My father-in-law Dennis Woytek’s story began with Erie. All of Erie. The lake, of course. The rail yards. The “Public Dock,” as he still calls Dobbins Landing. And the Erie Land Light.
We knew that Dennis lived near the abandoned lighthouse in his early life, with his widowed mom and baby brother.
We texted Jonathan’s parents we saw the restored lighthouse two weeks ago. Here’s what Dennis texted back. He hit “send” more than once:
“Lots of fond memories of that lighthouse in Erie.
We called it the milk bottle though I’m not sure the actual name.
Every time we would visit when I was older there was never a light on top it was just flat someone came up with money and they restored the light or at least the look of the light structure.
When we were kids we were able to climb up inside the light house and go to look out for the bad guys who may enter Misery Bay.
It was a great place to play there was a park across the street that had swings (and a) sandbox.
The odor from Hammermill (the paper factory in that same neighborhood) would generally blow in the other direction towards General Electric so we didn’t have that smell from the Papermill blowing at us but it was fairly close to the mill.”
Jonathan mentioned in the last blog post that the decision makers of 1899 deactivated the light, then sent off its lamp room and lamp to a different lighthouse. So, yeah, Dennis grew up next to a lighthouse with a missing top.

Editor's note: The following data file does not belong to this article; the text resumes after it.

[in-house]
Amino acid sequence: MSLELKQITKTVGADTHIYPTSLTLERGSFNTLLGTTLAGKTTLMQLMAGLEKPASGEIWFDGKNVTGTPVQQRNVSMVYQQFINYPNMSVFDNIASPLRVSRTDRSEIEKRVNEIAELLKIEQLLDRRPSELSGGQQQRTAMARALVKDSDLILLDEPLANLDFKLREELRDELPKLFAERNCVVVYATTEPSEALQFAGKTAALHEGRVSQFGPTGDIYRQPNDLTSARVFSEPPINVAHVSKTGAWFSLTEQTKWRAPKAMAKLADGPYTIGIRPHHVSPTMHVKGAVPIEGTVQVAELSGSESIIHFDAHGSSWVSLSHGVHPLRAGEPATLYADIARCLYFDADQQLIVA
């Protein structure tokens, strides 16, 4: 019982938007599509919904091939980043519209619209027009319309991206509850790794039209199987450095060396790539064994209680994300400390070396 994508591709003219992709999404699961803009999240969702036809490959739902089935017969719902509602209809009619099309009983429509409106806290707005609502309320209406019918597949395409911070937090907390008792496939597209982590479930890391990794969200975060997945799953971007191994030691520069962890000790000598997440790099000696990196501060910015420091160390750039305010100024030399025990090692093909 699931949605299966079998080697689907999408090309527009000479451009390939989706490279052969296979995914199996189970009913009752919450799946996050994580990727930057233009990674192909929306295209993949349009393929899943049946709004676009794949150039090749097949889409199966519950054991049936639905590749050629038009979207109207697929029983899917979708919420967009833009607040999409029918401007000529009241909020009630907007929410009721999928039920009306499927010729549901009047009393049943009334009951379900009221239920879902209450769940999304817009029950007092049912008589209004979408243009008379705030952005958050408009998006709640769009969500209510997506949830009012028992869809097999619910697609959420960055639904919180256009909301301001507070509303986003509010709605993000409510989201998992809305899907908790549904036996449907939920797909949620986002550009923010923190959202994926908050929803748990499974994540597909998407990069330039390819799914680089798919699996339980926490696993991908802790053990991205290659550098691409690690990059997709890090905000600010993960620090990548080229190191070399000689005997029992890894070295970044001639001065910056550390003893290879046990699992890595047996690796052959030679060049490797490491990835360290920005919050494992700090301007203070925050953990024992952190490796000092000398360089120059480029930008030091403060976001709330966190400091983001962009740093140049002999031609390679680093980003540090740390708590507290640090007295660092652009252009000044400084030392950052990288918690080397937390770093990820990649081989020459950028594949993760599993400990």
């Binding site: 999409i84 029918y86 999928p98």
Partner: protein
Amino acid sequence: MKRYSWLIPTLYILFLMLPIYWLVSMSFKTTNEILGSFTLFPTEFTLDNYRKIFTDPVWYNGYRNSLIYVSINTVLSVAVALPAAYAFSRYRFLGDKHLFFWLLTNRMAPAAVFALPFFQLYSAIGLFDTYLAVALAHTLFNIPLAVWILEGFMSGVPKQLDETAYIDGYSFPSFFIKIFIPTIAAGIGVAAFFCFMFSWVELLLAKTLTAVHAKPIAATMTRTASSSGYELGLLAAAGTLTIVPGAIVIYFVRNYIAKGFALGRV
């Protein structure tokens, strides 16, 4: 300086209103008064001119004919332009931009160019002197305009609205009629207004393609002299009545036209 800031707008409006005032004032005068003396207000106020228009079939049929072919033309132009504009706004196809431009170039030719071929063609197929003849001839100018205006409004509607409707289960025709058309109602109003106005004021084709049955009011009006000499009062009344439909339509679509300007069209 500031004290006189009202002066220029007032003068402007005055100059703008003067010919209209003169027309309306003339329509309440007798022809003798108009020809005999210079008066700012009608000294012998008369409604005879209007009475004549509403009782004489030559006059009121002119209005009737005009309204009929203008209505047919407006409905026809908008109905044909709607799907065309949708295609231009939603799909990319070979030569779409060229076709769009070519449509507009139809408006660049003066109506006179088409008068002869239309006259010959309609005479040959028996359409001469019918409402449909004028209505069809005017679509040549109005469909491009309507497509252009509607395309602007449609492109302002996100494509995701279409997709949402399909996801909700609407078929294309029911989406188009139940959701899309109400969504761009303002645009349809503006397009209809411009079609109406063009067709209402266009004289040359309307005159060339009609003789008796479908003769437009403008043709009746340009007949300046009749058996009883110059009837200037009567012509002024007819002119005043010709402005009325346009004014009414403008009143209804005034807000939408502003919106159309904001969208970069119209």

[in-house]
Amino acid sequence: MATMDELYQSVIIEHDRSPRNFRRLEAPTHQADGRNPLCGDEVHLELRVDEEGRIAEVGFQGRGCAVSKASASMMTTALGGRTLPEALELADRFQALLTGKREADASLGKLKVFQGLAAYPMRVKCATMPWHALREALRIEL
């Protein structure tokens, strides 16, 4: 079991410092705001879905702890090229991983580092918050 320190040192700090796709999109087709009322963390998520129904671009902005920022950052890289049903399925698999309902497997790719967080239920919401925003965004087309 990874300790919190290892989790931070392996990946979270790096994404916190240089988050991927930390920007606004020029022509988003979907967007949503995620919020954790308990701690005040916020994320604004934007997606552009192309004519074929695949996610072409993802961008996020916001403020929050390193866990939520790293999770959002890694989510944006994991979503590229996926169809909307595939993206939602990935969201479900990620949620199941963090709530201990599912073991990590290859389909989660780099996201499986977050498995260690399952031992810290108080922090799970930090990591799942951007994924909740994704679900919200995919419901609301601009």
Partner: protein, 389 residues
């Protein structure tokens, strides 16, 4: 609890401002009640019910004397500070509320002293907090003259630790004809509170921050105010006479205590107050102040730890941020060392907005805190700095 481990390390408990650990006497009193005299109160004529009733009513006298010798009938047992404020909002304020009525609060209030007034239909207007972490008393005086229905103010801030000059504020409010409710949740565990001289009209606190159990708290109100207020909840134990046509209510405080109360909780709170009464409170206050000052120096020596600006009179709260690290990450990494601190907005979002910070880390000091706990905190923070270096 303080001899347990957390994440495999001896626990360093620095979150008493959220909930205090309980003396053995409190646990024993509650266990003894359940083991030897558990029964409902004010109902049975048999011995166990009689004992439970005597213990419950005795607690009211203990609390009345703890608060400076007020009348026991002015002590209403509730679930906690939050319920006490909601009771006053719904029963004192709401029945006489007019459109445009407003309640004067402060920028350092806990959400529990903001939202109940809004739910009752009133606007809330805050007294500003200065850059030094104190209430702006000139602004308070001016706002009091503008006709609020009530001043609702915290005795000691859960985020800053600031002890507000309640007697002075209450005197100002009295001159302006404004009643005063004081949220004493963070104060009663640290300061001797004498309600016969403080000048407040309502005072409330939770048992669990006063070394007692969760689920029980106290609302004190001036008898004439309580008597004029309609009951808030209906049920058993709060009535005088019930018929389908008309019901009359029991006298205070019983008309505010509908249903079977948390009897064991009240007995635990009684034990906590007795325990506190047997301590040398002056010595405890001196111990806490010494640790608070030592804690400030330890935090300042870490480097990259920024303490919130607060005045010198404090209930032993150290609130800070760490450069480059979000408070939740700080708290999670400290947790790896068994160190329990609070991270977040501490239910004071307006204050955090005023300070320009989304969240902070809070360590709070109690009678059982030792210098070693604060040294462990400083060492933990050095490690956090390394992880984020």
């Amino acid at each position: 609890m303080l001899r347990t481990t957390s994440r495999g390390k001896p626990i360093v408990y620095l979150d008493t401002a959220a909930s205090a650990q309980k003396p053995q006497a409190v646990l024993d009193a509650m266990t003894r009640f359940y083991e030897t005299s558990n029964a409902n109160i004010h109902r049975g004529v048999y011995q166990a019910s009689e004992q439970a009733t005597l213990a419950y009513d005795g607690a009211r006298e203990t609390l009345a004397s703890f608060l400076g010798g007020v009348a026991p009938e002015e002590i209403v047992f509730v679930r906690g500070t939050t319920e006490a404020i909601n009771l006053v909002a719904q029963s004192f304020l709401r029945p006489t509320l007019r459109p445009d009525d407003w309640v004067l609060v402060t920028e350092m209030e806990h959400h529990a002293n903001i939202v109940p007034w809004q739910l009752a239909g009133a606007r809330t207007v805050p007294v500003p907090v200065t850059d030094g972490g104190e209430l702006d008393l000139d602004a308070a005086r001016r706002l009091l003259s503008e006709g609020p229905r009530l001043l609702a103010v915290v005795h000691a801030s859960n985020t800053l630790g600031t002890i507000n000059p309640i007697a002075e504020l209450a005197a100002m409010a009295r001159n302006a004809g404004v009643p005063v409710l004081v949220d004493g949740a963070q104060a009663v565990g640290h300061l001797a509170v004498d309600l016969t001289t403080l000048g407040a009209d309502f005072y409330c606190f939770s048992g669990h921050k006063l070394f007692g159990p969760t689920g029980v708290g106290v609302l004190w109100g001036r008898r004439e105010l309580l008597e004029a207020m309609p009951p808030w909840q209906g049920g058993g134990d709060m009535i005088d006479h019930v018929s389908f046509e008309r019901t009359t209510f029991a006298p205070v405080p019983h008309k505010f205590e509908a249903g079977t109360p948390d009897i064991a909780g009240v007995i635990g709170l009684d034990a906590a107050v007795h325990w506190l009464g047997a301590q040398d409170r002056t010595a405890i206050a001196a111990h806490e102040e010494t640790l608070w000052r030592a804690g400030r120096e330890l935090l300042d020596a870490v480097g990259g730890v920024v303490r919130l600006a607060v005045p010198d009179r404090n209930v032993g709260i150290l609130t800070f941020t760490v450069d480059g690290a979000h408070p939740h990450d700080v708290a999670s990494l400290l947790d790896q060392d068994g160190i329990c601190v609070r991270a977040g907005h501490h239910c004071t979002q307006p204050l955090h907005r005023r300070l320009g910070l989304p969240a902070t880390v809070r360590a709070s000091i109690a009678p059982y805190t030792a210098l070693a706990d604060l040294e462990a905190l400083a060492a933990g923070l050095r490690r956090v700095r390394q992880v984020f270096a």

Life happened. Dennis’s service in the Seabees took him to the other side of the world. Then he came home, to Erie, and met Jonathan’s mom Fran. Then Dennis’ radio career took him to a different side of the Great Lakes. Then they came home to Pennsylvania again. Jobs changed, “home” cities changed, kids grew up.
Meanwhile, back home in Erie, a grant restored the lamp room at the top of the Erie Land Light. The lighthouse shines again.
Last year, Jonathan and I saw the Erie Land Light when we watched boats on Presque Isle State Park‘s North Pier. Two weeks ago, we were in Erie for a family event and decided to find it.
A playground sits next to the lighthouse. I don’t know if this is the same park that Dennis remembers. However, we visited on a windy, sunny day. Many kids jostled for the swings and the sliding board, shrieking as we all did once.
The lot ends in a cliff. At the bottom of the cliff, I saw a house with a flagpole, a dock, and a rowboat. On on the pole, a flag with the words “Don’t Give Up the Ship.”
The command from Oliver Hazard Perry during the Battle of Lake Erie. The mentioned ship was the original U.S. Brig Niagara. My above photo is of the Niagara reproduction. The three smokestacks in the background are from the old Hammermill plant. The lighthouse is nearby. This was the view from the North Pier where Jonathan and I first saw the Erie Land Light.
“Don’t Give Up the Ship.”
The very words that I use to describe Erie’s spirit. The spirit that saved the Erie Land Light.
“Don’t Give Up the Lighthouse.”